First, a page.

This article explores the piecemeal database restore SQL Server feature and its benefits to minimize the database restoration.
Introduction to RPO and RTO
The database administrator’s primary duty is to ensure the availability of the database as per defined RTO and RPO.
Let’s understand these two terms.
- Recovery time objective (RTO): It defines the time in which database should be brought online in case of any disaster
- Recovery point objective (RPO): It refers to data loss. We define maximum data loss in case of any disaster
In the following screenshot, we can see that RPO refers to acceptable data loss and RTO refers to the time taken for recovery. It is critical to meet these requirements and make the database available to avoid any business loss:
We take regular database backups with a combination of full, differential and log backups. We might think of high availability solutions for database recoveries. In this article, we focus on database backups.
Piecemeal database Restore SQL Server
Let’s consider a scenario in which you have a production standalone SQL Server, and it crashes. We cannot bring this server up. You need to restore databases on a separate server and bring them online ASAP. The database is huge, and the database restoration might take few hours to finish.
SQL Server enterprise edition offers a solution – Piecemeal database. In this technique, we can restore the database on a filegroup level and can reduce the downtime significantly. However, you need to design the database to make use of this piecemeal restoration. We will cover more in the later part of the article.
In the following example, we have a database, and it contains the following filegroups:
- Primary filegroup (default)
- Filegroup A
- Filegroup B
- Filegroup C
DBA usually follow the database backups in the following sequence:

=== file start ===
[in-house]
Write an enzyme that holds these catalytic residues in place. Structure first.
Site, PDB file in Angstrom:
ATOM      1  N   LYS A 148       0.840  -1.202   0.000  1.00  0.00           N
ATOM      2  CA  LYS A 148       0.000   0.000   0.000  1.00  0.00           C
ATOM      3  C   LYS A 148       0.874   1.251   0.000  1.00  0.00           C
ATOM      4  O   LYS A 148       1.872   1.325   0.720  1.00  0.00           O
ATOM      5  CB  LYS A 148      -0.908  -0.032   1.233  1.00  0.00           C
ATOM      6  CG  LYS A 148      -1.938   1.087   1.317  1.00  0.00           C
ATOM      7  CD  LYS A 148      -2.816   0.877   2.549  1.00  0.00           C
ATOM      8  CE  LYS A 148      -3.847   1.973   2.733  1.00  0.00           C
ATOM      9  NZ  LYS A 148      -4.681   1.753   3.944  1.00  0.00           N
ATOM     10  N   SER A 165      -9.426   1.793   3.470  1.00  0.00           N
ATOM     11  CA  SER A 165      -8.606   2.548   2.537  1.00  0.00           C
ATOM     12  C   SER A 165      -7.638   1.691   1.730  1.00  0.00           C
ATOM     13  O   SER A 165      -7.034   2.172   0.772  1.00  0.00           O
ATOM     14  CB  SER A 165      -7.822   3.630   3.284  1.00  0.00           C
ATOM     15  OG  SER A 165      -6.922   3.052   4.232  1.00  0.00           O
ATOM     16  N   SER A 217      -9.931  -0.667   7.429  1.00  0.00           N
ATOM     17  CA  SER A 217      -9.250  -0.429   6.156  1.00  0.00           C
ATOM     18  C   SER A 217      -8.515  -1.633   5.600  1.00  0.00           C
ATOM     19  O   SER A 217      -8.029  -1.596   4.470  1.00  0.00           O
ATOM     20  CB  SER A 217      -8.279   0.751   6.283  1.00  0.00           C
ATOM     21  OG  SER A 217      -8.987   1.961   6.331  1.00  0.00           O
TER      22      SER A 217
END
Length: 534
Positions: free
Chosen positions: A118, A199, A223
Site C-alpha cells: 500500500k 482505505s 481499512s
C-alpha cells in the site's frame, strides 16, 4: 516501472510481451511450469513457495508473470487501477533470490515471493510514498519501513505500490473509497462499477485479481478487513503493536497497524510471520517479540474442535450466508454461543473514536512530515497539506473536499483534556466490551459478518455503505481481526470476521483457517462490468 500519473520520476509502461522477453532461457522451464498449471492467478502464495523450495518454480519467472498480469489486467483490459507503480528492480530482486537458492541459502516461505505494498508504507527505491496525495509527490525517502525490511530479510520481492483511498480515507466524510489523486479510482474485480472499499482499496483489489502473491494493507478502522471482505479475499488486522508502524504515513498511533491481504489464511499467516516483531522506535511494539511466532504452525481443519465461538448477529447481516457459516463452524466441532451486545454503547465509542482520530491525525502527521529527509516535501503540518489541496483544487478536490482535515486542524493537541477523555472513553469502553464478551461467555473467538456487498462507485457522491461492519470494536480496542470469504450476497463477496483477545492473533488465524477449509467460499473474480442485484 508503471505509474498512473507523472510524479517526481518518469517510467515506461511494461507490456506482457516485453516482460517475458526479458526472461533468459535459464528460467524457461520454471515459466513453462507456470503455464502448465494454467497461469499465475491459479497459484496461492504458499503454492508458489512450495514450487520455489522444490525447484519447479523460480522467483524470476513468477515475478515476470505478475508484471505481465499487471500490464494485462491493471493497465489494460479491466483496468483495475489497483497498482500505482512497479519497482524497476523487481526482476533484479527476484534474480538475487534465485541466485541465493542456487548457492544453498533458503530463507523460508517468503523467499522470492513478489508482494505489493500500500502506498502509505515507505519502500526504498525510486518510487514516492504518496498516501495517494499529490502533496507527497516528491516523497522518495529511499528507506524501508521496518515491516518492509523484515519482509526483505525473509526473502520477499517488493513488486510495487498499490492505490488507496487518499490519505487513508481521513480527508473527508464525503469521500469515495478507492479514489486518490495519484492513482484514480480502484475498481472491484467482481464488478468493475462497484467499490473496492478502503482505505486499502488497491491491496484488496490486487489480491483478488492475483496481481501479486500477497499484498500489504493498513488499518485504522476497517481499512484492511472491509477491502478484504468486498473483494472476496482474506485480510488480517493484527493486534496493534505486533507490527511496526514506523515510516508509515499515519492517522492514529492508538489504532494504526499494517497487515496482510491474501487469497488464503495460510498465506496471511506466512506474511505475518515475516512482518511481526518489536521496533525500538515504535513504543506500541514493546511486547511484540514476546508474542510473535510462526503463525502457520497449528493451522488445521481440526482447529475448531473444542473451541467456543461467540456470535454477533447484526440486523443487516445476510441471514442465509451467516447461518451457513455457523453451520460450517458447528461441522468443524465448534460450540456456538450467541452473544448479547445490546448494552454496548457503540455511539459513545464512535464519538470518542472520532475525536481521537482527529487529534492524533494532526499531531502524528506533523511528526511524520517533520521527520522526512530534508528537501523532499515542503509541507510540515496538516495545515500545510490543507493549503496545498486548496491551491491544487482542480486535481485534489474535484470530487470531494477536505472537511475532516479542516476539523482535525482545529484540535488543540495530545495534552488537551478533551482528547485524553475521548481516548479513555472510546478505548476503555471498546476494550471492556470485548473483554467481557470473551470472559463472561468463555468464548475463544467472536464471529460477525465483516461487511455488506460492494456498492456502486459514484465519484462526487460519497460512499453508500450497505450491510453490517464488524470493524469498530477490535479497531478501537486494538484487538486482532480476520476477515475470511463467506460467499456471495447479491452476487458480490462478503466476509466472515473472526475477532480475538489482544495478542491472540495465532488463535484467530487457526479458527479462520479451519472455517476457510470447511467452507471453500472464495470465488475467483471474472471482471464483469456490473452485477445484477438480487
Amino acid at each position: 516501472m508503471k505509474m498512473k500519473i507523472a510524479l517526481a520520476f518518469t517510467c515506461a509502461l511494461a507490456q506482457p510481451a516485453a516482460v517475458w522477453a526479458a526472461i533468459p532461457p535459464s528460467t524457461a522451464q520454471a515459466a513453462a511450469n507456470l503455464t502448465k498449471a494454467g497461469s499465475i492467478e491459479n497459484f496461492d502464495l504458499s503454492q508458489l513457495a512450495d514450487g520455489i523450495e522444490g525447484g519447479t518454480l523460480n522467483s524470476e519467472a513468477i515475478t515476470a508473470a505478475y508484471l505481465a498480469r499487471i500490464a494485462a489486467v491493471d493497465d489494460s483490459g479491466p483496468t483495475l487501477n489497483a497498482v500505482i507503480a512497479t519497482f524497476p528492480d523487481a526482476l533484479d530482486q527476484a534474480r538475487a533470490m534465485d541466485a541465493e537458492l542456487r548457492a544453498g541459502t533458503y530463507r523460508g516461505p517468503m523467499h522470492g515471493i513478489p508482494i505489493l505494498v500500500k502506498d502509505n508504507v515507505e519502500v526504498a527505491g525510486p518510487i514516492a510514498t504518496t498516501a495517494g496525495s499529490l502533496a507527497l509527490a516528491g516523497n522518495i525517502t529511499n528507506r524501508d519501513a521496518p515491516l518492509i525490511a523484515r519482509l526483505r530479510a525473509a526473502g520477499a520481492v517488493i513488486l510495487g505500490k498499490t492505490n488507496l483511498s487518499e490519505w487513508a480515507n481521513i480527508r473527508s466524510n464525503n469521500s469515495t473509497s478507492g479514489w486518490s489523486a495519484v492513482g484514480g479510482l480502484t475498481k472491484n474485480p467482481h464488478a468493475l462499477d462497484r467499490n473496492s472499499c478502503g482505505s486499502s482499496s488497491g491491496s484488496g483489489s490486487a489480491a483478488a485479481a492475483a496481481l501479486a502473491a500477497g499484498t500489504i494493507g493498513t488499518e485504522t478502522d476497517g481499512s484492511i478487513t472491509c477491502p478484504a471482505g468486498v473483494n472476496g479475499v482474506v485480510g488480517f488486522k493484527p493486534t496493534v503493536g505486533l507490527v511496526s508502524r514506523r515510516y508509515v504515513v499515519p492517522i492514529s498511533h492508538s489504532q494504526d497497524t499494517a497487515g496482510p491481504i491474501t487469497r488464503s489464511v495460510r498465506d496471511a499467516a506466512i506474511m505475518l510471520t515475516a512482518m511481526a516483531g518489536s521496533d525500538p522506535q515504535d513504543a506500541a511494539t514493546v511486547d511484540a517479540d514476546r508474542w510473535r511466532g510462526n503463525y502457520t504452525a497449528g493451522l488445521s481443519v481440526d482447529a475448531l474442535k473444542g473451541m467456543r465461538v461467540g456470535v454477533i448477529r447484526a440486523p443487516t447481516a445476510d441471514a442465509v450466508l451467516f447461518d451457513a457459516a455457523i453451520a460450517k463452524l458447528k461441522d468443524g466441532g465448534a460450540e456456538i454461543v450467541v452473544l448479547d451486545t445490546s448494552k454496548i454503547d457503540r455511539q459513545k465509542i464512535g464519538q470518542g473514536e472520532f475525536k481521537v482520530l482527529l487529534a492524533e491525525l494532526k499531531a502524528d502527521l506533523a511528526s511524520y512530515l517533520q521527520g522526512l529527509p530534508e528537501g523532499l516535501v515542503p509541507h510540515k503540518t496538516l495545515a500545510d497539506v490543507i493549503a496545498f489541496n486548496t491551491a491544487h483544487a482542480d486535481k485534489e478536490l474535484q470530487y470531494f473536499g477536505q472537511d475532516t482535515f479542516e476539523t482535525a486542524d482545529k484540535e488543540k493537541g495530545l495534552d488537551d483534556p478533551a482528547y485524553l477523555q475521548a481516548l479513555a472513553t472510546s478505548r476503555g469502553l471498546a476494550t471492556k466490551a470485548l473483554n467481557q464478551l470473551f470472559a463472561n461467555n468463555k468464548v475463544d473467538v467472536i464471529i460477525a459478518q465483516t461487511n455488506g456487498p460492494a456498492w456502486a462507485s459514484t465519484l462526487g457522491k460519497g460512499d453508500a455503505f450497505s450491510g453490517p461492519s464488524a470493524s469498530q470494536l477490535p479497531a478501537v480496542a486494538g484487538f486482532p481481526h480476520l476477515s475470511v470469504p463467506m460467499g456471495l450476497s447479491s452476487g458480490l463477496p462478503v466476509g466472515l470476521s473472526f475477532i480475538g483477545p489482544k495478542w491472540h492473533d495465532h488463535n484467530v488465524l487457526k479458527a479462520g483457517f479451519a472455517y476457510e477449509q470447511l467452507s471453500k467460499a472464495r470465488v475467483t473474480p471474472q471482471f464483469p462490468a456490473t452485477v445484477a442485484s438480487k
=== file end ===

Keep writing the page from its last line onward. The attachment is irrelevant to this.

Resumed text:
- Full backups weekly
- Daily differential backup
- Log backup every hourly
In the following image, you can see a backup sequence (not mapped with the schedule):
Let’s say the database is down at highlighted point and you want to restore this database using backups on a different server:
You will follow the database restore sequence as follows:
- Restore the latest full backup
- Last differential backup
- Transaction log backup available after the last differential backup
The database size is enormous and due to this, it takes a long time for backup restoration. Let’s say this approach took 4-5 hours for database restoration. Can you afford such downtime? No, we need some mechanism to reduce the downtime and bring the application up ASAP. Piecemeal database restores SQL Server helps to minimize database restoration.
As we have multiple filegroups in the database, each filegroup contains the following data:
- FG- primary – Empty filegroup
- FG- A – data for department A
- FG- B – data for department B
- FG C- Archive data
The application uses data from FG A and FG B filegroup for all operations. Data in these filegroups should always be available.
FG C filegroup contains archive data. The size of this filegroup is approximately 45% of the overall database size. The application uses this data rarely. We can afford comparatively large downtime for this filegroup.
We can utilize a piecemeal database to restore SQL Server in this case. Look at the following image, and you can get the following points:
- We restored database backups and initially restored FG- Primary, FG- A and FG- B filegroups
- The database is available, and application can fetch data from online filegroups
- FC-C is still unavailable. It takes time for this filegroup restoration. Therefore, we start the restoration of this particular filegroup once all other filegroups are available
- FC-C filegroup also becomes online, and now the application can fetch data from this filegroup as well